JERROD MACFARLANE FOR THE HOYA BEEFING UP THE CLASSICS Black & Orange puts its own flair on the ordinary burger, infusing international flavors with traditional American cuisine.
JERROD MACFARLANE FOR THE HOYA
BEEFING UP THE CLASSICS Black & Orange puts its own flair on the ordinary burger, infusing international flavors with traditional American cuisine.

4/5 stars

$$

Sometimes, I just really need an adventure. That is not to say that I spend all day coming up with imaginary excursions or that I constantly need an adventure fix in order to make it to the weekend, but I love getting outside of my comfort zone and stumbling upon new ideas and experiences, and I don’t mind a good surprise every once in a while. It often seems the greatest pleasure that food can give is surprising you, whether you are the cook, the eater or both. This bolder side of food does not always result in the creation of masterpieces — I have plenty of experiences in the kitchen to attest to that — but it makes the successes even more surprising and delightful.
This past weekend, I was both surprised and delighted by the food at Black & Orange, a burger joint located on Connecticut Avenue. The menu is simple and consists essentially of eight burger variations that can be ordered “pink” (medium) or “no pink” (well-done), “welterweight” or “heavyweight,” at a quarter pound or half pound respectively. This simplicity, which is echoed in the restaurant’s pared-down decor, belies the richness of the food that is offered.
Black & Orange abandons the typical American cheeseburger for more innovative twists; the Curried Away features a house curry blend, onion, cilantro and hot chilies on a hand-crafted burger while the Pardon My French boasts black truffle oil and thyme.  Looking for something simpler? Square One consists of just sea salt and fresh black pepper.
Black & Orange’s chefs hand-craft each of the meat patties daily, ensuring that the  beef in their burgers is fresh and of the highest quality. They then cook these patties to perfection on a large steel grill.
For those who aren’t in the mood for a burger, Mr. Pollo is a grilled marinated chicken breast with pico de gallo, hot cherry peppers and chipotle mayo, while Old MacDonald offers a vegetarian option that includes portabella mushrooms, hazelnut sauce and goat cheese.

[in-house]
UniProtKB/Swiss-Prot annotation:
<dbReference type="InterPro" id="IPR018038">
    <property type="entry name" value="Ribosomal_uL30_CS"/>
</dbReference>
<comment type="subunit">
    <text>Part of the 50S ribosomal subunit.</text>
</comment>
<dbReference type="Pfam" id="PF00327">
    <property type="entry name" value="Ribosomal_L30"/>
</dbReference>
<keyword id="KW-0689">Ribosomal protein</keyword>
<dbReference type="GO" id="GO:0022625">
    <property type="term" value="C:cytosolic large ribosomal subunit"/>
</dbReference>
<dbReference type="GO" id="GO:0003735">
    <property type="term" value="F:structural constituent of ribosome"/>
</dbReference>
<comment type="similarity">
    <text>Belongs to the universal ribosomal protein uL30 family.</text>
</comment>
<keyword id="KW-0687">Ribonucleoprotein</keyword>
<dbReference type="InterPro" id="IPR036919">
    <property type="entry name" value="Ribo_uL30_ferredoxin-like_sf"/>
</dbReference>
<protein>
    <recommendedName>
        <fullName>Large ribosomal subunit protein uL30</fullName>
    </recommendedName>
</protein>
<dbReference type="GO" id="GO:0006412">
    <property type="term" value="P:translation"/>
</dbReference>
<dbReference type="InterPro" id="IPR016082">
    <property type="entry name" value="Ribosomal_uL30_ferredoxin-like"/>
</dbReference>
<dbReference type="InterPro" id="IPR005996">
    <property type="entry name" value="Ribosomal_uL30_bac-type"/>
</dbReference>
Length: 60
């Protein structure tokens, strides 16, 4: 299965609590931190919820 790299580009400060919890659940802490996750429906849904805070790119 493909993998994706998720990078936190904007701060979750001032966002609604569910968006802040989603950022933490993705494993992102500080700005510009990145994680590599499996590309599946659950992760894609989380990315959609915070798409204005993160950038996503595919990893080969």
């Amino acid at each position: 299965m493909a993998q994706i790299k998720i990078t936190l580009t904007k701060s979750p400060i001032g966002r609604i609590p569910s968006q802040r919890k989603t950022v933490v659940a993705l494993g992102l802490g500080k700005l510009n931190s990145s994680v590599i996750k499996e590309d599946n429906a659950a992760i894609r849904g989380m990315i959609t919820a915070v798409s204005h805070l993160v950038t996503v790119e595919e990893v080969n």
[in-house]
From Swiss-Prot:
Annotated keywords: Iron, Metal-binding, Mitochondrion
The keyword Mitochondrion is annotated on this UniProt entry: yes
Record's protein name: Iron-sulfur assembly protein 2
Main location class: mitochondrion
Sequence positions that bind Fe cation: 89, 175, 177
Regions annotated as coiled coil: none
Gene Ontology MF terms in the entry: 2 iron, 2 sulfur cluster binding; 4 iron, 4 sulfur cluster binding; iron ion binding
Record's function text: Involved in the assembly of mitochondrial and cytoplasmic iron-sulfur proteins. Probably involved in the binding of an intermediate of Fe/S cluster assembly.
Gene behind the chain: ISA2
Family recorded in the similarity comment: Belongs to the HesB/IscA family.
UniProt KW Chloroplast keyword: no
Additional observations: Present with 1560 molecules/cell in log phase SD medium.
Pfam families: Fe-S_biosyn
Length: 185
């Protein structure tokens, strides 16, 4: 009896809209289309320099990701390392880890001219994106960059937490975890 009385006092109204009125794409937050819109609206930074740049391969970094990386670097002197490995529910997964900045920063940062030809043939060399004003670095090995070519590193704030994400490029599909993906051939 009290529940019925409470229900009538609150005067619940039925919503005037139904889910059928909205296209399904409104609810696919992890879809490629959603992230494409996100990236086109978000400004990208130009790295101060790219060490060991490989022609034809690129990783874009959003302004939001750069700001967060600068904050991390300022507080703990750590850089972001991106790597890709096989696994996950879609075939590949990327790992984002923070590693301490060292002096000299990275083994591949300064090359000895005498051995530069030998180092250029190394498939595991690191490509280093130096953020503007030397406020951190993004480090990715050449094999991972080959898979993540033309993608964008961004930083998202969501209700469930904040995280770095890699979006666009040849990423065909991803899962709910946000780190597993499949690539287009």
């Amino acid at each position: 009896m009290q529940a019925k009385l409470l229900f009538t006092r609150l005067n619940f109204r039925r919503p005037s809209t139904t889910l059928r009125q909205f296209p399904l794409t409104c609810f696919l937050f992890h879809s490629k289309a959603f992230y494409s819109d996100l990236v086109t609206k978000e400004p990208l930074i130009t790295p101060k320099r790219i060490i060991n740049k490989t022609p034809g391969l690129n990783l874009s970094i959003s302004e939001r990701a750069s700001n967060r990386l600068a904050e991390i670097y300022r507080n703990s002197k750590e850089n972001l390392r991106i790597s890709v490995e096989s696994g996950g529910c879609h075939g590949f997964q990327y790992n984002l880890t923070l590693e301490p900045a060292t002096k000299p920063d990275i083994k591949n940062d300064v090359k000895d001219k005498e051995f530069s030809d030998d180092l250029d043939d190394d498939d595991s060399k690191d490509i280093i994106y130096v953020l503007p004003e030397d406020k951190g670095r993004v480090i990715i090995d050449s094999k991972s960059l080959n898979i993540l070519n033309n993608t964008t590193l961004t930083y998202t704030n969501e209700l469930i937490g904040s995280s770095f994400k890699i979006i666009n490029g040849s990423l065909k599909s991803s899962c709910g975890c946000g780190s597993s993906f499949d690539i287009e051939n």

While I was looking over the menu in the restaurant, eight choices suddenly seemed overwhelming. After a few mumbled words and false starts, I tentatively ordered The Rogue State with a side of fries. After only five minutes, a server brought me my very welcome meal. First came the fries, which were — and I don’t say this lightly— perfect. Crispy on the outside and soft on the inside, these fries were incredibly satisfying. My burger, consisting of a delectable, hand-formed blend of premium beef, house spices, chipotle and cilantro, was unlike any in my recent memory.
Unlike other burger specialty restaurants like Thunder Burger, Black & Orange invests great care and focus into what goes on between their buns by creating innovative recipes that consist of everything from Asian-inspired soy-sauce-and-ginger-laden burgers to patties blazing with habanero peppers. This creates a delicious and unique experience of an American classic. I recently read an article about the proliferation of burger joints in Paris despite the lack of any real new improvements or changes to the burgers. On this side of the Atlantic, however, we have not encountered this problem. And with so many of these inventive burger places in D.C., I’m happy to say that Black & Orange is one of the best.

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